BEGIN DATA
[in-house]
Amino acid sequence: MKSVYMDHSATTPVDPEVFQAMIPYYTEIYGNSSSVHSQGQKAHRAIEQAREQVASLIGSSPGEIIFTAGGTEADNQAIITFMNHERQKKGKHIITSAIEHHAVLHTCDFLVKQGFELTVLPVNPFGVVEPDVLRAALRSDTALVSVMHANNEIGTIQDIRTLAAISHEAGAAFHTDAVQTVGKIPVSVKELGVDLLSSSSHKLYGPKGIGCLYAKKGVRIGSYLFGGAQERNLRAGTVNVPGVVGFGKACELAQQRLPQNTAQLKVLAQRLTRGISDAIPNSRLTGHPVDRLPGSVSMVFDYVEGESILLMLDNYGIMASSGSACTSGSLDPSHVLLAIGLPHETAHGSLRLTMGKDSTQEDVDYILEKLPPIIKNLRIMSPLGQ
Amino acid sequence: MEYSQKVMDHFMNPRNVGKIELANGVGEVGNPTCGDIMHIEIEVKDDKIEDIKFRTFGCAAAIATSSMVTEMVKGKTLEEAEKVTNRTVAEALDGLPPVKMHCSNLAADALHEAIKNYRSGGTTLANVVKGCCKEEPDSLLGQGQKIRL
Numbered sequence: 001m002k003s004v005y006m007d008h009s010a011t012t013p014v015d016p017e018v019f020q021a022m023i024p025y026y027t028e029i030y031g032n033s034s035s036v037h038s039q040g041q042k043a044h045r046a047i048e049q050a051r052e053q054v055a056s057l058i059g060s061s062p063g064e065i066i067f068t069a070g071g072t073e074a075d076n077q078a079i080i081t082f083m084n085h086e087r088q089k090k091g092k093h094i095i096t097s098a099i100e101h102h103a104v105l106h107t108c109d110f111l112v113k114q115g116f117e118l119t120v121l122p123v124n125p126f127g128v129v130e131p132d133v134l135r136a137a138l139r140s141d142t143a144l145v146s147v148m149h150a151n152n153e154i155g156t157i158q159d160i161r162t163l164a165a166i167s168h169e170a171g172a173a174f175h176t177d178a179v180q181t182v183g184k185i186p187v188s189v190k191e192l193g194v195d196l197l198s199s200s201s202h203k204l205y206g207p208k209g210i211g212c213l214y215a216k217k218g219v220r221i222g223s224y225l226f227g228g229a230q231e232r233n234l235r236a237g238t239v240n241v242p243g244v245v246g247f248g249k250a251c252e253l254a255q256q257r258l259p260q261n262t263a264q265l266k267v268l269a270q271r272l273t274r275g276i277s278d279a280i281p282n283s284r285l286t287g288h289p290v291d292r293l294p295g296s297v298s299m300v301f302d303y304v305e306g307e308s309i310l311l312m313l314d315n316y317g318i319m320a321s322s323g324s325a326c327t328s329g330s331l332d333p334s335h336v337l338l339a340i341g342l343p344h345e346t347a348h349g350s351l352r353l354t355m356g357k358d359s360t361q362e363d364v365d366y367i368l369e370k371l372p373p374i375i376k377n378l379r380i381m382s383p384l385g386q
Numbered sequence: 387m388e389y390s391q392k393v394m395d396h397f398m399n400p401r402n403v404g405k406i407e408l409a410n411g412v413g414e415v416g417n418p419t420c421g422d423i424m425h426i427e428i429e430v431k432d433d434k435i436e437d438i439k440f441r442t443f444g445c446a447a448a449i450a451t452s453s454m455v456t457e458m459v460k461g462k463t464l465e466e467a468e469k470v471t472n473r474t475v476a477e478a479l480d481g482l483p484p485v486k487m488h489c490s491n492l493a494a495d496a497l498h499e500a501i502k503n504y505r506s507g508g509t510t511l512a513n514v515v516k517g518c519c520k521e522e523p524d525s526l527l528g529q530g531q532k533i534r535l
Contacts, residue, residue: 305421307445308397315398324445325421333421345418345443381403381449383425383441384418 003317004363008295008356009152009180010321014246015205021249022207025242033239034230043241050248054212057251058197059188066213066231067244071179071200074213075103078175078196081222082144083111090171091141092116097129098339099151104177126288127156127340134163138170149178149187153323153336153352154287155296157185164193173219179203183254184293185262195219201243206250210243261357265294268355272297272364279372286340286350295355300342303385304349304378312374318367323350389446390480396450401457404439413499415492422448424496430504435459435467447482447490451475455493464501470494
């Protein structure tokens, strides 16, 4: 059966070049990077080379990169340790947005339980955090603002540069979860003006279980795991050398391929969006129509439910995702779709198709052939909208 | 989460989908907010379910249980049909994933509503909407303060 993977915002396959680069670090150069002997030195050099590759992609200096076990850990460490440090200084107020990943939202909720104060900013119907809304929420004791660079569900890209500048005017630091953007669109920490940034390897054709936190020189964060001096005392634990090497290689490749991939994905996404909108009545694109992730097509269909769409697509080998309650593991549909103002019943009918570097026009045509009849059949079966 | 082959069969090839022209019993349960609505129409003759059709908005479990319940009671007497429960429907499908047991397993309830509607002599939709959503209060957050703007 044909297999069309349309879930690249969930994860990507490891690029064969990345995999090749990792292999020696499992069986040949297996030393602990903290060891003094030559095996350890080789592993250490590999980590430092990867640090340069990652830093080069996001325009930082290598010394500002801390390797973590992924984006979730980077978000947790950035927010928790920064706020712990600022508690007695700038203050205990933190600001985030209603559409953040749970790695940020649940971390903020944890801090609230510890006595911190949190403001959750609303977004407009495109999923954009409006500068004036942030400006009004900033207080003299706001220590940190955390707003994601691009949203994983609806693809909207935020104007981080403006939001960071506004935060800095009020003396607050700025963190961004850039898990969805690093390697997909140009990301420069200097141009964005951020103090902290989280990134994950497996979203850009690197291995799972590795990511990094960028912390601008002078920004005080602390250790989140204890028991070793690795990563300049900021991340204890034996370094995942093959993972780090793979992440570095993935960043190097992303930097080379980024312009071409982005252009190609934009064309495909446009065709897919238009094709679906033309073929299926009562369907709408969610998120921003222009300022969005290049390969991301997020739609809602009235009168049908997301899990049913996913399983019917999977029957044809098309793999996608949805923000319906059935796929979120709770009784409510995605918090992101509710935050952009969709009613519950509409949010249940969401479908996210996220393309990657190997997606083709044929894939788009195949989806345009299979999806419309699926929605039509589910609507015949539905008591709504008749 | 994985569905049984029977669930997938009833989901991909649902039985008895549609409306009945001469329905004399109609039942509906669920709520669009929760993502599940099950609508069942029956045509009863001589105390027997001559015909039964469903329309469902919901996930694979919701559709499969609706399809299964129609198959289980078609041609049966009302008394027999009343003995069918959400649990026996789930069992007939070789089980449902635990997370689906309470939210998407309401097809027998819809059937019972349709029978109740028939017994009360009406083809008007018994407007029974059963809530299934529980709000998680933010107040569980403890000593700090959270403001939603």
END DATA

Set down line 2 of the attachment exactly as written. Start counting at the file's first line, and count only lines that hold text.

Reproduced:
Amino acid sequence: MKSVYMDHSATTPVDPEVFQAMIPYYTEIYGNSSSVHSQGQKAHRAIEQAREQVASLIGSSPGEIIFTAGGTEADNQAIITFMNHERQKKGKHIITSAIEHHAVLHTCDFLVKQGFELTVLPVNPFGVVEPDVLRAALRSDTALVSVMHANNEIGTIQDIRTLAAISHEAGAAFHTDAVQTVGKIPVSVKELGVDLLSSSSHKLYGPKGIGCLYAKKGVRIGSYLFGGAQERNLRAGTVNVPGVVGFGKACELAQQRLPQNTAQLKVLAQRLTRGISDAIPNSRLTGHPVDRLPGSVSMVFDYVEGESILLMLDNYGIMASSGSACTSGSLDPSHVLLAIGLPHETAHGSLRLTMGKDSTQEDVDYILEKLPPIIKNLRIMSPLGQ